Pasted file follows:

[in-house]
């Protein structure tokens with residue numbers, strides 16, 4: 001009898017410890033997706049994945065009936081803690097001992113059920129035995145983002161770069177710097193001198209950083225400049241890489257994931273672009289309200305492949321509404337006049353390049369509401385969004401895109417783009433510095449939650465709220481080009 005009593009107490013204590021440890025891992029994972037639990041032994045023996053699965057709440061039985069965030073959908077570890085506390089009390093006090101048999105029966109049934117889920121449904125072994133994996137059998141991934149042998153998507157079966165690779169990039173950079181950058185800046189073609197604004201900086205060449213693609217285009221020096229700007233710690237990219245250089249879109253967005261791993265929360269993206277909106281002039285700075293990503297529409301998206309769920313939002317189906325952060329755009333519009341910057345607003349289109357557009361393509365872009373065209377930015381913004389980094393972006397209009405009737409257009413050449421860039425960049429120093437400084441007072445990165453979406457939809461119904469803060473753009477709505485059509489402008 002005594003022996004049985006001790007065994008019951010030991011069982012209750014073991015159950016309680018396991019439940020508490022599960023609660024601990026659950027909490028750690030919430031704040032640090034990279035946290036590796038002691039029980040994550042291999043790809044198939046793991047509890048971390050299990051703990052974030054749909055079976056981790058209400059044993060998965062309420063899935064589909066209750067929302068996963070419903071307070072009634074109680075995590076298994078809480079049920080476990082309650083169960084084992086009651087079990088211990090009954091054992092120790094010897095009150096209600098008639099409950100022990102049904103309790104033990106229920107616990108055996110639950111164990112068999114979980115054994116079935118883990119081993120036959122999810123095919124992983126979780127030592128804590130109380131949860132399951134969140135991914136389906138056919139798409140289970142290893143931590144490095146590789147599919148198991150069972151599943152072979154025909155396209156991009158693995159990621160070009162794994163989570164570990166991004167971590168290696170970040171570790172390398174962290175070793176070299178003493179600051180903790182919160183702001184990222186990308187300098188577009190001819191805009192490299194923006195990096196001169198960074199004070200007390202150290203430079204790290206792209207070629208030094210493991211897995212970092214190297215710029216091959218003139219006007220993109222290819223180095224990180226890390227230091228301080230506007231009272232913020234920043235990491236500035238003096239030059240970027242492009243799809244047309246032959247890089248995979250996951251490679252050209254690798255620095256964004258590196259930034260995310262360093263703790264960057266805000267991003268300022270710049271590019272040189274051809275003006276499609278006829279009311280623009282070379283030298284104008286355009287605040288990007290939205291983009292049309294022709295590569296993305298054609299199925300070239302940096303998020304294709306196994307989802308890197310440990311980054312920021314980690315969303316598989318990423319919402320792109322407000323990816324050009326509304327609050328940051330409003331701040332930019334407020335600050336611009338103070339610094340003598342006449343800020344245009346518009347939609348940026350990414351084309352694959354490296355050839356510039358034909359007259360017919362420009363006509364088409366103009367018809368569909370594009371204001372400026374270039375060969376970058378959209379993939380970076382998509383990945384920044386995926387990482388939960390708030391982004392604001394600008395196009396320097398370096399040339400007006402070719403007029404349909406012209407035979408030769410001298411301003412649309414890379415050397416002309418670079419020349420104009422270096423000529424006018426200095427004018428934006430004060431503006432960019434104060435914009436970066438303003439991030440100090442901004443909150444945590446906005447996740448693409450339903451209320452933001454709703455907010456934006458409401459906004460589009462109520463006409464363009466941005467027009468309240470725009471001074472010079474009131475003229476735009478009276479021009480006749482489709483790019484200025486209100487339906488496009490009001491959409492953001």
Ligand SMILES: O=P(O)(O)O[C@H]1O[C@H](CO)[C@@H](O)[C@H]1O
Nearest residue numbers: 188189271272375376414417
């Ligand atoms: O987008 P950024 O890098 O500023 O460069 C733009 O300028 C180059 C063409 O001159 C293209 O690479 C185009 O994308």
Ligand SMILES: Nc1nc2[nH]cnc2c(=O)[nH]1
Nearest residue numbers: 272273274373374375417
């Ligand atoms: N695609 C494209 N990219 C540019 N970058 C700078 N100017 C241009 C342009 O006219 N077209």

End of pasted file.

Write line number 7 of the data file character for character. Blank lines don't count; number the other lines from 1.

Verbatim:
Nearest residue numbers: 272273274373374375417